Revision 18296 of Same-origin policy for file: URIs

  • Revision slug: Same-origin_policy_for_file:_URIs
  • Revision title: Same-origin policy for file: URIs
  • Revision id: 18296
  • Created:
  • Creator: Sheppy
  • Is current revision? No
  • Comment 2 words added, 1 words removed

Revision Content

In Gecko 1.8 or earlier, any two file: URIs are considered to be same-origin.  In other words, any HTML file on your local disk can read any other file on your local disk.

Starting in Gecko 1.9, files are only allowed to read certain other files.  Specifically, a file can only read another file if the parent directory of the target file is an ancestor directory of the originating file. Directories cannot be loaded this way, however.

For example, if you have a file foo.html which accesses another file, bar.html, the load will only succeed if bar.html is either in the same directory as foo.html or in a directory contained within the same directory as foo.html.

This policy affects anything that does same-origin checks, including XMLHttpRequest, XSLT, and XBL.

For cross-window DOM access, each file is treated as a separate origin, with one exception: if a file is loaded from another file that would otherwise be able to load it following this same-origin policy, they are considered to have the same origin.  This load can occur through a subframe, link, location set, call to window.open(), or the like.

For example, if the file /home/user/foo.html is a frameset and one of the frames is /home/user/subdir/bar.html, the frame and frameset are considered to share the same origin.  On the other hand, if the file /home/user/subdir/foo.html is a frameset and the frame is /home/user/bar.html, the frame and frameset are considered to have different origins.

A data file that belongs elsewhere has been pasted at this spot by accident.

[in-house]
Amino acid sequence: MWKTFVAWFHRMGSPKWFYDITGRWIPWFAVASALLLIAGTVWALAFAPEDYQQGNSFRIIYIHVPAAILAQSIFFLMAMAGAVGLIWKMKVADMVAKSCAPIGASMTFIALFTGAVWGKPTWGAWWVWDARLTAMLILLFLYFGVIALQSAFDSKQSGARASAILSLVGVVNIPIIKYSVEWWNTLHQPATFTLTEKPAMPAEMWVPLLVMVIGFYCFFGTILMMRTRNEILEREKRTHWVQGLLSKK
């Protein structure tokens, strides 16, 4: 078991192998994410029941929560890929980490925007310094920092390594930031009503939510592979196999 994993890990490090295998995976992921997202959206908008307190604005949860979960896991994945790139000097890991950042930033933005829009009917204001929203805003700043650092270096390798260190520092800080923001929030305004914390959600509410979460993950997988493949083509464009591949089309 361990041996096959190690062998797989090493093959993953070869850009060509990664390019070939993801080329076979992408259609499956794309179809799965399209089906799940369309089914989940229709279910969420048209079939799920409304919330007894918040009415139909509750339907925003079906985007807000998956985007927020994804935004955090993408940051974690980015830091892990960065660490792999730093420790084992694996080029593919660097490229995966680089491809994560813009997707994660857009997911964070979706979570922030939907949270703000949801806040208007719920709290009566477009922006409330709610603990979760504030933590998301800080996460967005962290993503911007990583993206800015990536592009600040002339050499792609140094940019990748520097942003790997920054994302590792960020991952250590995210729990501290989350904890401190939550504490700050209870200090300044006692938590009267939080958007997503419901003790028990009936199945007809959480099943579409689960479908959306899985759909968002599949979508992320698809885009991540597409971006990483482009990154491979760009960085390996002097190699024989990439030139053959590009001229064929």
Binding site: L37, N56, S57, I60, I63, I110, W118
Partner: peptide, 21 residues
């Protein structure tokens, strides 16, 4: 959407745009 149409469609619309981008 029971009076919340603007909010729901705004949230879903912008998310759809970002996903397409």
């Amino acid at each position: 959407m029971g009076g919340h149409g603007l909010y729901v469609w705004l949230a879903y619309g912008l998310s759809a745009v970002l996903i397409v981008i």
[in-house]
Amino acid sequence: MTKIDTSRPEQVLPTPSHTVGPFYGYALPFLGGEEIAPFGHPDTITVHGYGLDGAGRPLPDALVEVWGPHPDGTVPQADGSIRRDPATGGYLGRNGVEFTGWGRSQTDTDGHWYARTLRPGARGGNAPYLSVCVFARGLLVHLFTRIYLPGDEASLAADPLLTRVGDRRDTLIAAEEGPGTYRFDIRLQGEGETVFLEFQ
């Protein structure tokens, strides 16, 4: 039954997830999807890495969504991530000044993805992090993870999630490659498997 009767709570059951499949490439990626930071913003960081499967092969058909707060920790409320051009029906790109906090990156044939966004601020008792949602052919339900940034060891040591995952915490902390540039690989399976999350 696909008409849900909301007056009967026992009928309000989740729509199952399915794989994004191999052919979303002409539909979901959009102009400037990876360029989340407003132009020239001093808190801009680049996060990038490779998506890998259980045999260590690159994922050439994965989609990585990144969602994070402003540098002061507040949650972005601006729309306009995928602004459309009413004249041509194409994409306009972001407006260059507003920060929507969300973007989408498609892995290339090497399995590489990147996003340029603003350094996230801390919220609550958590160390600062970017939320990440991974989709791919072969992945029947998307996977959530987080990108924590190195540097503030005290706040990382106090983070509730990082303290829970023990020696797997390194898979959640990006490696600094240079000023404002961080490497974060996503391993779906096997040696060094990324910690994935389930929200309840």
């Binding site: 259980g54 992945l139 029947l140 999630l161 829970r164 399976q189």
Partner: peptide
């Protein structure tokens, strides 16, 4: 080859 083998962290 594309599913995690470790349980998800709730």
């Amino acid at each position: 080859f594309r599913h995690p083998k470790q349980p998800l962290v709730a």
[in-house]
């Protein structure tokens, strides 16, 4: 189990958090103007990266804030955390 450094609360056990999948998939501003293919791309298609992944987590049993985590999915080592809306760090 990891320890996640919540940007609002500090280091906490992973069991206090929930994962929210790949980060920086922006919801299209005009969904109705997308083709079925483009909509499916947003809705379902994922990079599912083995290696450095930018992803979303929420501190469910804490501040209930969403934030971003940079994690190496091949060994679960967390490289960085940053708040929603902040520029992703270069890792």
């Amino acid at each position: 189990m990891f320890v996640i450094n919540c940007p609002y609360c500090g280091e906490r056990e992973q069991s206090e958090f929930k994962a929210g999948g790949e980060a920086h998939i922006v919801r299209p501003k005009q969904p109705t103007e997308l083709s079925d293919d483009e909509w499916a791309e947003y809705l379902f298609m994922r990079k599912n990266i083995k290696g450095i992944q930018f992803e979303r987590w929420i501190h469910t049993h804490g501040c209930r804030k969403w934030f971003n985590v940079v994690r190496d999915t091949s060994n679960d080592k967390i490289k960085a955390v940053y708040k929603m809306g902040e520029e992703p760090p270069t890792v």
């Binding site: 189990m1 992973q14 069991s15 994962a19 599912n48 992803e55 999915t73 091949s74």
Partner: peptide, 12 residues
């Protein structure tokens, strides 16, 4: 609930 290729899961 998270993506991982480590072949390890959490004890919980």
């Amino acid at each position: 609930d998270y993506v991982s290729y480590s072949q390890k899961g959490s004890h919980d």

The new security.fileuri.strict_origin_policy preference, which defaults to true, can be set to false if the user doesn't want to strictly enforce the same origin policy on file: URIs.

Revision Source

<p>In Gecko 1.8 or earlier, any two <code>file:</code> URIs are considered to be same-origin.  In other words, any HTML file on your local disk can read any other file on your local disk.</p>
<p>Starting in Gecko 1.9, files are only allowed to read certain other files.  Specifically, a file can only read another file if the parent directory of the target file is an ancestor directory of the originating file. Directories cannot be loaded this way, however.</p>
<p>For example, if you have a file <code>foo.html</code> which accesses another file, <code>bar.html</code>, the load will only succeed if <code>bar.html</code> is either in the same directory as <code>foo.html</code> or in a directory contained within the same directory as <code>foo.html</code>.</p>
<p>This policy affects anything that does same-origin checks, including <a class="internal" href="/en/XMLHttpRequest" title="En/XMLHttpRequest"><code>XMLHttpRequest</code></a>, XSLT, and XBL.</p>
<p>For cross-window DOM access, each file is treated as a separate origin, with one exception: if a file is loaded from another file that would otherwise be able to load it following this same-origin policy, they are considered to have the same origin.  This load can occur through a subframe, link, location set, call to <a class="internal" href="/En/DOM/Window.open" title="En/DOM/Window.open"><code>window.open()</code></a>, or the like.</p>
<p>For example, if the file <code>/home/user/foo.html</code> is a frameset and one of the frames is <code>/home/user/subdir/bar.html</code>, the frame and frameset are considered to share the same origin.  On the other hand, if the file <code>/home/user/subdir/foo.html</code> is a frameset and the frame is <code>/home/user/bar.html</code>, the frame and frameset are considered to have different origins.</p>
<p>The new <code>security.fileuri.strict_origin_policy</code> preference, which defaults to <code>true</code>, can be set to <code>false</code> if the user doesn't want to strictly enforce the same origin policy on <code>file:</code> URIs.</p>
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